Future Use of Solar Energy by Light-Dependent Hydrogen Production
of the Green Alga Scenedesmus obliquus ?
Röbbe Wünschiers, Kerstin Stangier, Thomas Zinn and Rüdiger Schulz
Philipps-University, FB Biology/Botany, Karl-von-Frisch-Str., D-35032 Marburg, Germany
Tel. +49-6421-282484, Fax +49-6421-282057, E-mail:firstname.lastname@example.org
After adaptation to anaerobic conditions the eukaryotic unicellular green alga Scenedesmus obliquus shows light-dependent hydrogenase activity. Dependent on the partial pressure of H2 and CO2 hydrogen is either produced or taken up for photoreduction of CO2. Both reactions are mediated by the photosynthetic electron transport chain (1). Inactivation of the enzyme by oxygen in vitro seems to be irreversible, while in vivo a reactivation is possible (2). Preliminary results show that reduced thioredoxin (a typical regulatory component of photosynthetic reactions) has an inhibitory effect on hydrogenase activity. Thus this protein is discussed as a natural regulator of the hydrogenase.
A soluble hydrogenase was purified to homogeneity under strict anaerobic conditions (3). The enzyme consists of at least two subunits with molecular masses of 36 and 55 kDa, respectively. A native molecular weight of 150 kDa was estimated. Physiological, biochemical and spectroscopical investigations gave evidence that the purified hydrogenase from Scenedesmus is of the NiFe-type (4).
Primers designed from prokaryotic conserved sequences published for "Fe-only"- and NiFe-hydrogenases were used for PCR-experiments. The PCR-products and an oligonucleotide, synthesized according to the N-terminal amino acid sequence of the 36 kDa hydrogenase subunit isolated from Scenedesmus, were used for screening of cDNA-libraries. Several cDNA-clones were isolated and are under investigation. By databank search it was shown that the derived amino acid sequence of one cDNA displays significant similarities to "Fe-only"-hydrogenases. These results of sequence comparisions are in good agreement with preliminary biochemical results about a "Fe-only"-hydrogenase in Scenedesmus. For example reduced ferredoxin, purified from Scenedesmus, is able to donate electrons to a hydrogenase preparation of this organism very efficiently, a typical reaction for a "Fe-only"-hydrogenase.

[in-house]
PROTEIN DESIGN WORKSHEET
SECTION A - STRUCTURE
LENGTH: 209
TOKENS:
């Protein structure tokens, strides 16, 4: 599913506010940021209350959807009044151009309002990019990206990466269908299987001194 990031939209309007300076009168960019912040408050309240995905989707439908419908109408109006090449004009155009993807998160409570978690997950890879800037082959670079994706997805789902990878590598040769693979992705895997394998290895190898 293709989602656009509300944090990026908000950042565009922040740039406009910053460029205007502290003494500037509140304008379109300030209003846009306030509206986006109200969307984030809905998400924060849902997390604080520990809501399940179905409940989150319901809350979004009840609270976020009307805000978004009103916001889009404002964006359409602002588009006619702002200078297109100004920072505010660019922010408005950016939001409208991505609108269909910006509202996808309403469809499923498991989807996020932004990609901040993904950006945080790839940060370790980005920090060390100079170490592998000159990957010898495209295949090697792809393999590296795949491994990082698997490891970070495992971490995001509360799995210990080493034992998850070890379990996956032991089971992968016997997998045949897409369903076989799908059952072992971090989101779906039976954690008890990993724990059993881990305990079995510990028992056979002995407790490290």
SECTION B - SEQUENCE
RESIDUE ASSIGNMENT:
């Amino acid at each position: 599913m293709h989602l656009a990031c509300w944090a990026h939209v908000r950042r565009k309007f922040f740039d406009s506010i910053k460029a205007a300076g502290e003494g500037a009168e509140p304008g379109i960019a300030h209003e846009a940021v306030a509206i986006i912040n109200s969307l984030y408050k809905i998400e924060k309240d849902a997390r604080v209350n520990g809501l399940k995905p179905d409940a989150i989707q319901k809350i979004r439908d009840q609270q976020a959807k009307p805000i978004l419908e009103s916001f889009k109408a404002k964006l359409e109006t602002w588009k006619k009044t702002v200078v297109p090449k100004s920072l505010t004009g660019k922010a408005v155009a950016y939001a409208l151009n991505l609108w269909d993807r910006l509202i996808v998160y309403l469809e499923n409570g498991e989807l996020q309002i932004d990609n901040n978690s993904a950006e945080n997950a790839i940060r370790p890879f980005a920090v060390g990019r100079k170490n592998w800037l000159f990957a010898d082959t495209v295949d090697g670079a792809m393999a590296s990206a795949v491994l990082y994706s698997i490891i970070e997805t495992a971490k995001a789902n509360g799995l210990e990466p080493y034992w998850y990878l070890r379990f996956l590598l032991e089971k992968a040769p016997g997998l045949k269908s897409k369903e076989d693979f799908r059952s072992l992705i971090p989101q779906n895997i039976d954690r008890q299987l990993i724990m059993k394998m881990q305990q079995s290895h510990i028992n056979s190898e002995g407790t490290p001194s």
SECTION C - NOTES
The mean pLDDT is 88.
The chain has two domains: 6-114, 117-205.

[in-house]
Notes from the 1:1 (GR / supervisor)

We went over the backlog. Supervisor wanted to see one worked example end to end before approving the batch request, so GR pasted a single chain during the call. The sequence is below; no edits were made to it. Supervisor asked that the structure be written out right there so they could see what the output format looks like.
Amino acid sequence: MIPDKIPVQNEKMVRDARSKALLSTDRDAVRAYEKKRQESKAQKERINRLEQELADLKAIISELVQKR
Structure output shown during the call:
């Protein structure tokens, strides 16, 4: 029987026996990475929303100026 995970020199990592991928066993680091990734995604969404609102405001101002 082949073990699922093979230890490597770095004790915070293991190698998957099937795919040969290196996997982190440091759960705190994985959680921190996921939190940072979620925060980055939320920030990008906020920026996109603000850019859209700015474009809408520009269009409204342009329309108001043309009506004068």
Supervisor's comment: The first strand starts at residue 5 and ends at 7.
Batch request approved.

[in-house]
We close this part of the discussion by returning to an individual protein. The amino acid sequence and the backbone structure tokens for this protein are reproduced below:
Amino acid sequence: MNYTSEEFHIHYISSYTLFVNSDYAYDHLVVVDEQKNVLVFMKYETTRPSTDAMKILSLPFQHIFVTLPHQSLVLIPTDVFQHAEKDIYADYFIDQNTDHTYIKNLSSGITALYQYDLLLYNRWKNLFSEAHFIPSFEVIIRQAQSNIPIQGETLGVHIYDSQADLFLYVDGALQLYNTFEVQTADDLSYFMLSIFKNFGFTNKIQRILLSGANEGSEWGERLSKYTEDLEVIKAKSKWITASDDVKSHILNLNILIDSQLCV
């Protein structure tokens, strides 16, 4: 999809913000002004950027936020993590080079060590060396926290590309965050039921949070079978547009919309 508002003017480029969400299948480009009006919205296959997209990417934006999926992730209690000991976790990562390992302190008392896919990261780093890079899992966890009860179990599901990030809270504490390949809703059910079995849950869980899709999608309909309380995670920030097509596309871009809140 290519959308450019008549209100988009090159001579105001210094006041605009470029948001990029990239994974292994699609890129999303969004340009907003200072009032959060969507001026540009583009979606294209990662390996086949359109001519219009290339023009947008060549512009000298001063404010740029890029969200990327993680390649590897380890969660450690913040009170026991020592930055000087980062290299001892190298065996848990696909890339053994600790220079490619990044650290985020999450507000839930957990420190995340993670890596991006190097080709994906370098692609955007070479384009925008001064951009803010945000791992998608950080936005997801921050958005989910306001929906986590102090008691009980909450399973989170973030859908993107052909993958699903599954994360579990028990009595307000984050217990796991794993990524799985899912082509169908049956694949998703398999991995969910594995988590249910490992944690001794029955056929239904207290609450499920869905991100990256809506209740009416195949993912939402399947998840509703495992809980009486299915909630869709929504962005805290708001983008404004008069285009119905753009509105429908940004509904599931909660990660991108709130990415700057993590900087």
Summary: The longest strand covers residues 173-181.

Thus the existence of two hydrogenases, one of the NiFe-type and the other of the "Fe-only"-type, is postulated for Scenedesmus. Southern blot analysis with genomic, chloroplastic and mitochondrial DNA of the alga shows that the hydrogenases are encoded in the nucleus.
The main future goal of our research is the application of hydrogenases in photohydrogen production on a technical scale. Due to the coupling of hydrogenases to photosynthesis, algae are able to use light-energy for photohydrogen production directly and in addition avoid production of CO2. To take advantage of this efficient system, further details of the process have to be collected. The main problem that remains to be solved is the extreme sensitivity of the algal hydrogenase to oxygen. With the help of the cyanobacterium Synechocystis as a genetic tool we hopefully will be able to manipulate the enzyme towards oxygen insensitivity.
Acknowledgements. We thank Prof. Horst Senger (Marburg) for his continuous support, personal encouragement and many helpful discussions. This work was supported financially by BMFT, DFG, COST, Deutsche Bundesstiftung Umwelt and Studienstiftung des Deutschen Volkes.
(1) R. Schulz (1996) J. Mar. Biotechnol., 4:16-22.
(2) T. Urbig, R. Schulz, and H. Senger (1993) Z. Naturforsch., 48c:41-45.
(3) J. Schnackenberg, R. Schulz, and H. Senger (1993) FEBS Lett., 327:21-24.
(4) T. Zinn, J. Schnackenberg, D. Haak, S. Römer, R. Schulz, and H. Senger (1994)
Z. Naturforsch., 49c:33-38.